The Wrocław branch of PMI PC actively takes part in supporting job equality. The local initiative ‘Women in PM’ is a young yet very dynamic movement that gathers an ever-expanding circle of professionals and holds meetings every three months. The April edition of the group’s meeting united women with diverse backgrounds: they came from large-scale corporations, blooming start-ups and their own businesses.
The event took place on a sunny Wednesday, April 18, 2018 at the Wrocław School of Business and gathered around 50 attendees. The conference, with intive as the primary sponsor, offered a great occasion to loosen up a little bit and chat about project management in the company of like-minded women and irresistible cupcakes.
Why the ‘women-only’ approach?
‘Women in Project Management
’ is aimed at supporting career-oriented, ambitious women who often find themselves in a highly competitive environment that’s dominated by men. Highlighting the women’s perspective and sharing similar experiences
helps in dealing with everyday challenges and resolving conflicts. The truth is in the numbers: in the tech industry women sum up to only about 25% of the leadership jobs and 20% of tech jobs.
A women Project Manager in the IT industry deals with men and faces mostly the man’s perspective. What does that mean?
For intive’s PM Paulina Gawlicka – the keynote speaker of the event – the most important thing is facing the stereotypes. She’s aware that not all women find the strength to fight the practice of being perceived in the context of physical appearance. This phenomenon is not something we’ve freed ourselves from and, to be fair, concerns both women and men. Another thing is self-confidence and fighting the tendency to undermine one’s achievements.
In a work environment heavily dominated (and led) by one sex a person might obsessively wonder: “Am I good enough?”. Paulina asks, "What kind of a question is that?! If you like what you do, and you put your heart into your work, you can’t go wrong!". The rules are identical for both sexes. All it takes is some time and patience, and the gender gap will eventually disappear, across all industries.
Close your eyes and imagine…
Why not start a speech with a guided relaxation? After all, whatever you’ve got to say, it’s better if your listeners are open to your words. In the case of after-hours events that’s usually wishful thinking. Paulina took us all on a short imaginary journey to a distant island where – most of us – got to breathe easy for a few moments. Paulina practices mindfulness herself and sees the art of focusing on the present moment as something more than just a catchy trend. "If you’re able to stop and really stay focused for a moment in time, you’re also more likely to dedicate yourself to the task in front of you. At work, it comes down to being more effective and in the larger picture – to simply enjoy life despite the occasional bumps", she says.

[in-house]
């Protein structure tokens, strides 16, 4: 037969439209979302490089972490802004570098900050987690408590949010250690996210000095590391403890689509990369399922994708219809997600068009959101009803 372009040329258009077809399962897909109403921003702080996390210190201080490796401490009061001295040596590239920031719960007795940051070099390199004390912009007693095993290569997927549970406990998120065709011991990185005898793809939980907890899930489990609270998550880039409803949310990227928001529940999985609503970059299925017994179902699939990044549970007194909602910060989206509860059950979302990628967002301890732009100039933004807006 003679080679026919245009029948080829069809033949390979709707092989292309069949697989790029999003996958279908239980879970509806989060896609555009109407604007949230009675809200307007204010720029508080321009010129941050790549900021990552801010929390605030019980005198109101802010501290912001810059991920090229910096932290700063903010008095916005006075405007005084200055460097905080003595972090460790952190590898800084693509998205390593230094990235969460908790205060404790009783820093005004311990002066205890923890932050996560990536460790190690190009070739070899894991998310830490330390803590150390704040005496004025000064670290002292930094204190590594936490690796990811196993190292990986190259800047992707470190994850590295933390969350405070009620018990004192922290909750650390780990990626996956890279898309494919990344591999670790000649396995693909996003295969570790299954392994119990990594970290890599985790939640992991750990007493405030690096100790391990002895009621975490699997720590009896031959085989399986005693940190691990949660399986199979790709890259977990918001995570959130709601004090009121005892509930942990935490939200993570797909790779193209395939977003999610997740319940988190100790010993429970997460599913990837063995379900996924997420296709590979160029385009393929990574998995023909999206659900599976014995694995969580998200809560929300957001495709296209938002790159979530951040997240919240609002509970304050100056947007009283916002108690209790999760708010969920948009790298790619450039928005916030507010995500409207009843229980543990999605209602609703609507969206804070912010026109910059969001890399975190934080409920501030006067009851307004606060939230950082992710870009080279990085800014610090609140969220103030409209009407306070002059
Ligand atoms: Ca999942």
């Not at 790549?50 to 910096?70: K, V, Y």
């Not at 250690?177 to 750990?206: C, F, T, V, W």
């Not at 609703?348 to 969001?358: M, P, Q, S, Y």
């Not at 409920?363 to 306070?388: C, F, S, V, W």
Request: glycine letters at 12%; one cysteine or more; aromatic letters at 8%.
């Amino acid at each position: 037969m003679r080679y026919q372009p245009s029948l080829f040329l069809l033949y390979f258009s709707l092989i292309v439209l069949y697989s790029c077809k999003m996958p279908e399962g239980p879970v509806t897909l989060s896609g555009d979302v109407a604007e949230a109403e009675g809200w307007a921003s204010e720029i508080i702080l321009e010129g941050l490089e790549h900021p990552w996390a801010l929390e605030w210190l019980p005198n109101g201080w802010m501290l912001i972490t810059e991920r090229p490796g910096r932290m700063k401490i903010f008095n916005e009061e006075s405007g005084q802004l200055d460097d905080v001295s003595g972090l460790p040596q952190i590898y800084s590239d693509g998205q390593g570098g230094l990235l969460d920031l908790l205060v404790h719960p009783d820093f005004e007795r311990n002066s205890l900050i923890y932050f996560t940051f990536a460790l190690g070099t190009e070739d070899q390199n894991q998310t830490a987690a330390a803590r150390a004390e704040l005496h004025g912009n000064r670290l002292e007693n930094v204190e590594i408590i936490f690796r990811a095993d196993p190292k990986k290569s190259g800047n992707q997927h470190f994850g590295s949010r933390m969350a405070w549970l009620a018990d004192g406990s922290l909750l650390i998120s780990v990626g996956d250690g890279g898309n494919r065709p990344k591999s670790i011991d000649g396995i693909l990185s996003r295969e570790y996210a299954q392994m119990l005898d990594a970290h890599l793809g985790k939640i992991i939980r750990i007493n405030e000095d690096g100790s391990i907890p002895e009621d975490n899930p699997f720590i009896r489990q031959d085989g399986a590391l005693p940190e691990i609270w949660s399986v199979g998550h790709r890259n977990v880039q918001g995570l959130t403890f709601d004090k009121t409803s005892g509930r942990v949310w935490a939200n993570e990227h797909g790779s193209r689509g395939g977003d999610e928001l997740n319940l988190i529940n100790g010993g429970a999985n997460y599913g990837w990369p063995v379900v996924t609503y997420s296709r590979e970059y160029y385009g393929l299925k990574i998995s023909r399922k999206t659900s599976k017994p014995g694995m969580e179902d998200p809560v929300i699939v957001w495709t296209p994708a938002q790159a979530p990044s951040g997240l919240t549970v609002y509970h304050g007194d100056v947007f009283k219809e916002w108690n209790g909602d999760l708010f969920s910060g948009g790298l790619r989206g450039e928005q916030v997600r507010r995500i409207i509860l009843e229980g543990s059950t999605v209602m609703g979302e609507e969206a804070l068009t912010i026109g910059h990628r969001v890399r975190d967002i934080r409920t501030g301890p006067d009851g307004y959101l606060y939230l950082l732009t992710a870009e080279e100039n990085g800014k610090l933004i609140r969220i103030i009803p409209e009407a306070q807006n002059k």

Facing the challenge
With a fresher mind, we cut to the chase and concentrated on the evening’s theme: managing dispersed teams. Paulina compared the common mindset of team members working in outsourced projects to that of an exile. “Banished developers” often grow feelings of abandonment. The heart of the problem, according to Paulina, lies in the fact that the most frequent objections are often addressed without proper strategy, and sadly, too late.
The key to maintaining a good team relationship is, not surprisingly, communication. Increasing inclusivity is only possible if the dialogue between team members and the company is smooth and open. You can’t overdo good communication: the right channels, the right language and frequent meet-ups are all easier to list than to implement.
Another important factor is a thought-out integration scheme, one that takes into consideration all the different employee needs. Not everyone dreams of skydiving. At the same time, most of us like to celebrate. Since bonding and having fun together are somewhat close, it’s worth commemorating smaller and larger events in the company life with a little celebration.
Another thing that was mentioned by the speaker was the adjustment of company processes. Employer branding, that brings people together around the company values, is not something that can be ditched right after recruiting a candidate. It’s everything that follows the onboarding (with the procedure itself) that matters. All the company processes should be in line with the declared values and the Project Manager must adjust his communication and management tools to the above. Inconsistency always sticks out, leads to frustration and undermines the leader’s authority. Practice what you preach pretty much sums it up.
Don’t just lead – inspire
Implementing all the best practices won’t do much good though if one hates his or her job. Paulina finished off stating the obvious yet worth repeating truth: to be a good Project Manager (or any other professional for that matter) you have to like your everyday tasks and feel comfortable executing them. People sense it immediately if you act with passion and are engaged 100%. OK, 90% is enough most of the time. "Keep calm and do your best", that’s the message Paulina left at the end of her talk. One might add, keep calm and go for it, girl.
Some of the event’s participants already worked in project management and others considered changing their professional paths. What they all had in common were the passion for knowledge-sharing and a positive mindset. Networking gives an opportunity to gain first-hand insights, get some tips and simply have a good time. All work no fun? That’s not an option. Just one look at the smiling faces of the attendees made one see a brighter future for women Project Managers and women professionals in general.